5 The Johns Hopkins University Applied Physics Laboratory SHINE 2005, July 11-15, 2005 Time-intensity Profiles of SEP and ESP Reames, 1999

6 The Johns Hopkins University Applied Physics Laboratory SHINE 2005, July 11-15, 2005 SEP and ESP During Cycle 22 Reames, 1999

7 The Johns Hopkins University Applied Physics Laboratory SHINE 2005, July 11-15, 2005 Large ESP Events Lario and Simnett., 2003

8 The Johns Hopkins University Applied Physics Laboratory SHINE 2005, July 11-15, 2005 Event Selection From February 1, 1998 to October 28, 2003 the SWEPAM and MAG teams identified a total of 298 interplanetary shocks. Out of these 298 interplanetary shocks, we have selected 191 shocks that were fast and forward and with clear evidences of being driven by or related to the passage of ICMEs, i.e., we have excluded: reverse shocks, slow shocks, shocks associated with CIRs and shocks associated with other structures such as magnetic holes or stream-stream interactions. A total of 97 shocks. We have also excluded those shocks associated with the most intense SEP events (such as the Bastille Day 2000 event, or the November 2001 events). A total of 10 shocks. A preliminary list of Wind interplanetary shocks indicate 124 of the 191 shocks were also detected by Wind, 5 ESP events were selected to examine in detail the spatial and temporal variations of these events in the Earth’s vicinity.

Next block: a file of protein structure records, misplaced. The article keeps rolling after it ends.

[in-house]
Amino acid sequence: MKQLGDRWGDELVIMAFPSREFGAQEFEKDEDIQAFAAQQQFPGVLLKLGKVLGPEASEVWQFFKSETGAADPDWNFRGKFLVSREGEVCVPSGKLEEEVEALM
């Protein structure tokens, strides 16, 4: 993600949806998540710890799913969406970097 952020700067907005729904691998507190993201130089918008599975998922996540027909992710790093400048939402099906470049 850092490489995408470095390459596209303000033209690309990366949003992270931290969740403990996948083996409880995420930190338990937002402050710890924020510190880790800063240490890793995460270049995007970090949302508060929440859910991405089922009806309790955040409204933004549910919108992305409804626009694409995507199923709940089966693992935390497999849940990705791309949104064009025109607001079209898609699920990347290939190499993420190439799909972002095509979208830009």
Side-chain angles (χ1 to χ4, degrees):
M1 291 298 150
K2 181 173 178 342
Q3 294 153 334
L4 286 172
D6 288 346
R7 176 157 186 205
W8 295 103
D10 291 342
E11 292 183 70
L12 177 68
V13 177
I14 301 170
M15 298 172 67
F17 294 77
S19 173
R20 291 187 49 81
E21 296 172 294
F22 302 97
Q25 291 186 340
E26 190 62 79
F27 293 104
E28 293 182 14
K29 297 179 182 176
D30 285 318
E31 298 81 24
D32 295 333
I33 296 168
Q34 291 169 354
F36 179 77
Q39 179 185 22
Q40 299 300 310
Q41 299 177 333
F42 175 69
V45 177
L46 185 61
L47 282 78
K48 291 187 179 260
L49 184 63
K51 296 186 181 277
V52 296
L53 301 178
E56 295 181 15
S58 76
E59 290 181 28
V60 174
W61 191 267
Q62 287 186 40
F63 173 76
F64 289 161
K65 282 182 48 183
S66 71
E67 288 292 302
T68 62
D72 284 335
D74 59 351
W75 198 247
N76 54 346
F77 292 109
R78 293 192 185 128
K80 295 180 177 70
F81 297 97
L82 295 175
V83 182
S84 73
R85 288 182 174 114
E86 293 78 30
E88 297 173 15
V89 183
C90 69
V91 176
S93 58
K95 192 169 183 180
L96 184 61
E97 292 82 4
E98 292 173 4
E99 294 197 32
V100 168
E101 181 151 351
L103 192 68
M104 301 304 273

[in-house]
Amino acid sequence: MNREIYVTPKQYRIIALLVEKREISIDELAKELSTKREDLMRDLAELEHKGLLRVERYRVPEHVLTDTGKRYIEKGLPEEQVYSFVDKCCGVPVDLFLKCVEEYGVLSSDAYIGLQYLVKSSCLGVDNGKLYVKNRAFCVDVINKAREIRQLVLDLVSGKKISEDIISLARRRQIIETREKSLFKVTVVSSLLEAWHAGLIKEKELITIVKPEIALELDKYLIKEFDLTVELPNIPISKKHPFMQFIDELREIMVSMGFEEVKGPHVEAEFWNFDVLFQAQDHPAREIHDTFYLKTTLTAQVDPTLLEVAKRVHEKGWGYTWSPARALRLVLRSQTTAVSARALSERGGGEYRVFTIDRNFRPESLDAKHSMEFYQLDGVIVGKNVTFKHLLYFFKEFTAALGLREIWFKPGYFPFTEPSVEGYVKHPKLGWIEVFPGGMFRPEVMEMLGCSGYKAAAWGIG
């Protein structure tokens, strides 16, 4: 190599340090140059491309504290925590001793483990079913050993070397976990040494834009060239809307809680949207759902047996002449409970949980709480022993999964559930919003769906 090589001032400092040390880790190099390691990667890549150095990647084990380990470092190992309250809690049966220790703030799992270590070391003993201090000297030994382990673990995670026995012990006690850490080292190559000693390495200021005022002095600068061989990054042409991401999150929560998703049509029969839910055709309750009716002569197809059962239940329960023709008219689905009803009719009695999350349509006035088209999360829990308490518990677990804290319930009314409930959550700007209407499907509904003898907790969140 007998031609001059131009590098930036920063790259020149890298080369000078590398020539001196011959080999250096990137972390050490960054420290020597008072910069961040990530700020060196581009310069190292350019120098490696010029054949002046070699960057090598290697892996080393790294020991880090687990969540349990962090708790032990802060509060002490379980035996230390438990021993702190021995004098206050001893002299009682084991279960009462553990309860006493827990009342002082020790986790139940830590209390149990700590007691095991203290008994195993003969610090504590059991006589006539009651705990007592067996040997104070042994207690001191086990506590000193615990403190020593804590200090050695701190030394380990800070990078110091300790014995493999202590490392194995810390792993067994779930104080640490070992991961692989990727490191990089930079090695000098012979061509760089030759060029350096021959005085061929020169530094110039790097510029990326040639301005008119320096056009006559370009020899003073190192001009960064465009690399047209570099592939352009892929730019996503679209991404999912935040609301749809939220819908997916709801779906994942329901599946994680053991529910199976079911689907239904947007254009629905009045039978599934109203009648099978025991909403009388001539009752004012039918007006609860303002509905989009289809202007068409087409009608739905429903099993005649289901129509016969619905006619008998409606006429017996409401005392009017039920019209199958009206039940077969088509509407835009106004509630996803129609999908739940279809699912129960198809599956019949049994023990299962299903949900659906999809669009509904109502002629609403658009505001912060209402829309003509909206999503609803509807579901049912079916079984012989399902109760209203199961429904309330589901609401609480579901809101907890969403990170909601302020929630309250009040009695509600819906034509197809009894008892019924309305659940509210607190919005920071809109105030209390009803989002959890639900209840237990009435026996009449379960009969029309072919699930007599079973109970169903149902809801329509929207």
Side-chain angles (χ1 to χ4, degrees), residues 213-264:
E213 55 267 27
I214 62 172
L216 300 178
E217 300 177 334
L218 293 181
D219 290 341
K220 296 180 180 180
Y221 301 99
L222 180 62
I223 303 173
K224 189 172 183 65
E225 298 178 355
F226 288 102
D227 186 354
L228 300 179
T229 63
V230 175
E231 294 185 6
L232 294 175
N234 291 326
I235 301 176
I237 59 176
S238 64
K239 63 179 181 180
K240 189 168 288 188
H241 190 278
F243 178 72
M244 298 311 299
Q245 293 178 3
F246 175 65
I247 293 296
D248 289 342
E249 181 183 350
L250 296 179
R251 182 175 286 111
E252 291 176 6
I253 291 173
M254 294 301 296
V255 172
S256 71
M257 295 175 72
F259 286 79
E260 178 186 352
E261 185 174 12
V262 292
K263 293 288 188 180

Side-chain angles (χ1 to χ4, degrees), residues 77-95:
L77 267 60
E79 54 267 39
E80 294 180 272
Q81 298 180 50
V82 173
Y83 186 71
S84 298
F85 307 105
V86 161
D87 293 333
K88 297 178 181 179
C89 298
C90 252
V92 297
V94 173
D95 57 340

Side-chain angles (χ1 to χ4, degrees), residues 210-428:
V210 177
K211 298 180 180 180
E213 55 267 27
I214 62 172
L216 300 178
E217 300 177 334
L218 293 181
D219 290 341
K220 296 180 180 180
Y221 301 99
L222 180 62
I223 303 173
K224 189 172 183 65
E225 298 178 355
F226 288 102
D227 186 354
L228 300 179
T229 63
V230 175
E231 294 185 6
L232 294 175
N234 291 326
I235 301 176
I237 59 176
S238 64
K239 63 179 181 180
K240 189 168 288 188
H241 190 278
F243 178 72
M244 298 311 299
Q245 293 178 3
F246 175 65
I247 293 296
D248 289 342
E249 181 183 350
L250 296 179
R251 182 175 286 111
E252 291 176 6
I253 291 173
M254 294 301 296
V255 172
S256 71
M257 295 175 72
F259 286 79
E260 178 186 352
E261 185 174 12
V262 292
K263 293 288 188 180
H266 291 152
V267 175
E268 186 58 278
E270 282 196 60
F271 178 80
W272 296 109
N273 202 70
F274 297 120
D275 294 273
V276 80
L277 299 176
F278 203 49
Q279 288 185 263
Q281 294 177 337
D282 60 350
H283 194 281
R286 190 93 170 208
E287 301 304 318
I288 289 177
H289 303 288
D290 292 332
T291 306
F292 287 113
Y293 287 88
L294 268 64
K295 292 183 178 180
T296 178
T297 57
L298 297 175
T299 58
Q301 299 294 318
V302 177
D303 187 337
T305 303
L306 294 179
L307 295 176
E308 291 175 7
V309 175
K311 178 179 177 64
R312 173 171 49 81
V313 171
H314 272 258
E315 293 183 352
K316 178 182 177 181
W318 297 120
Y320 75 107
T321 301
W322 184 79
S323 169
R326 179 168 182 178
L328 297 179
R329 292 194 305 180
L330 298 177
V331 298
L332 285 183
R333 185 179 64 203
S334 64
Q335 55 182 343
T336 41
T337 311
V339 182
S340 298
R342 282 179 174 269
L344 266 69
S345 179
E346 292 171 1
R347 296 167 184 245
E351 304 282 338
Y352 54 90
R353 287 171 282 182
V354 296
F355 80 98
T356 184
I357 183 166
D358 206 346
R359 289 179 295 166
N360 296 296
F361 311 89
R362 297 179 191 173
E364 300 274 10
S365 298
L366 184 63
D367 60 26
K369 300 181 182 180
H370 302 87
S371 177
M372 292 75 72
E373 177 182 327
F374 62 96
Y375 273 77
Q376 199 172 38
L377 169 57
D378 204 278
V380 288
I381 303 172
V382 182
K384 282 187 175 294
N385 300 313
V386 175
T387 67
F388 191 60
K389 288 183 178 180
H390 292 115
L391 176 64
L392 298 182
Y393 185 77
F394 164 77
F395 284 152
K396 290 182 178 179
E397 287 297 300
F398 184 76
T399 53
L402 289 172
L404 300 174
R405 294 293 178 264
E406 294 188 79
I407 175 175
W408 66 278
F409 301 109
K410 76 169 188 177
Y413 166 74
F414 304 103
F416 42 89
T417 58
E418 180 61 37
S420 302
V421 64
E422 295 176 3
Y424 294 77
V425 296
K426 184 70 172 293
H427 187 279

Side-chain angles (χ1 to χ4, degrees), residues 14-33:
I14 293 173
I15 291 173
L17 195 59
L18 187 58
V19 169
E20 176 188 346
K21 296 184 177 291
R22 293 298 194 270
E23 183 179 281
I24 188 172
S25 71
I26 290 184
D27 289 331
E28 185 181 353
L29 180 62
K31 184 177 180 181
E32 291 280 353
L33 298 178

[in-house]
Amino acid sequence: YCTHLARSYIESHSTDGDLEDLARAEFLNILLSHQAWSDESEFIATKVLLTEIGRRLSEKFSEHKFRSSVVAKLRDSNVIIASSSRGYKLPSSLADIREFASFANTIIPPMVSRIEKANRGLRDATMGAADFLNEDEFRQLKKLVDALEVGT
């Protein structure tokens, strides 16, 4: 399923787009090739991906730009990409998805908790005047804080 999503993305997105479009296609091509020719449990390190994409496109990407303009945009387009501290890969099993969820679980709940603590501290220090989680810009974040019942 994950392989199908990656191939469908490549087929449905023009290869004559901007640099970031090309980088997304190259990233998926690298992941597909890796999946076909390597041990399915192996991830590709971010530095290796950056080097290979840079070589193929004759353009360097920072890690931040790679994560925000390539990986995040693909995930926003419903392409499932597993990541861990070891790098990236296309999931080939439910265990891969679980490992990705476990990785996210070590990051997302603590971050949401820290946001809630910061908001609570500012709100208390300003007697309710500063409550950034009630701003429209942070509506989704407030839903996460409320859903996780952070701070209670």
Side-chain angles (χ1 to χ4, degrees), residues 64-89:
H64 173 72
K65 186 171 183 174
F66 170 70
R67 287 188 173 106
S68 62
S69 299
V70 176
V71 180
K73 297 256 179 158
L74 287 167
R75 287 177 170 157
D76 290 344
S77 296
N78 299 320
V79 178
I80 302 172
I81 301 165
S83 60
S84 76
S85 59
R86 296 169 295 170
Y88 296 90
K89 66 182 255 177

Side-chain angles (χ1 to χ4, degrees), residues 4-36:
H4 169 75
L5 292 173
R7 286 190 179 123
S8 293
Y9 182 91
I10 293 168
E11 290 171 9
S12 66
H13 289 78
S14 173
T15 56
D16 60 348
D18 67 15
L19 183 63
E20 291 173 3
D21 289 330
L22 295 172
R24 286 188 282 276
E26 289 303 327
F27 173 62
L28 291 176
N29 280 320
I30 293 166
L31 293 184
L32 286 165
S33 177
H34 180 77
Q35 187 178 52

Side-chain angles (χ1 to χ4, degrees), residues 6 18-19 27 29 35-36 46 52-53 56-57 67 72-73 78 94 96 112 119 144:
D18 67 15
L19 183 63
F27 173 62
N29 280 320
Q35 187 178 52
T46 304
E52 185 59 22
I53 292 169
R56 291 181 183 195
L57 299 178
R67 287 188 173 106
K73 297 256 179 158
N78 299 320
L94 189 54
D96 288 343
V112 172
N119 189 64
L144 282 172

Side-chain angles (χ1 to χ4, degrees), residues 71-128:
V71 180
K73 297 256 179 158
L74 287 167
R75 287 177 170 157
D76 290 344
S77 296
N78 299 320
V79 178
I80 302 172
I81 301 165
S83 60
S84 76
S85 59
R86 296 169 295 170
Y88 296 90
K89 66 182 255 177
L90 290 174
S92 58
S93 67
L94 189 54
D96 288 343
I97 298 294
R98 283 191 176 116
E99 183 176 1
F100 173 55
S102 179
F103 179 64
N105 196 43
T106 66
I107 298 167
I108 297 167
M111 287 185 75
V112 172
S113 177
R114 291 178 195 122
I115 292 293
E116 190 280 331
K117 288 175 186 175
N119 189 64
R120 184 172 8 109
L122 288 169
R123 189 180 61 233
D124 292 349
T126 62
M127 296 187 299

9 The Johns Hopkins University Applied Physics Laboratory SHINE 2005, July 11-15, 2005 Classification of the 191 ESP events according to their intensity-time profile 63% IP shocks accelerated >47 keV ions 32% IP shocks accelerated >2 MeV ions 20% IP shocks accelerated >38 keV e -

10 The Johns Hopkins University Applied Physics Laboratory SHINE 2005, July 11-15, 2005 Upstream Magnetic Field Direction ( θ Bn ) Smith (1985)

11 The Johns Hopkins University Applied Physics Laboratory SHINE 2005, July 11-15, 2005 Vs Correlation between shock parameters and particle signatures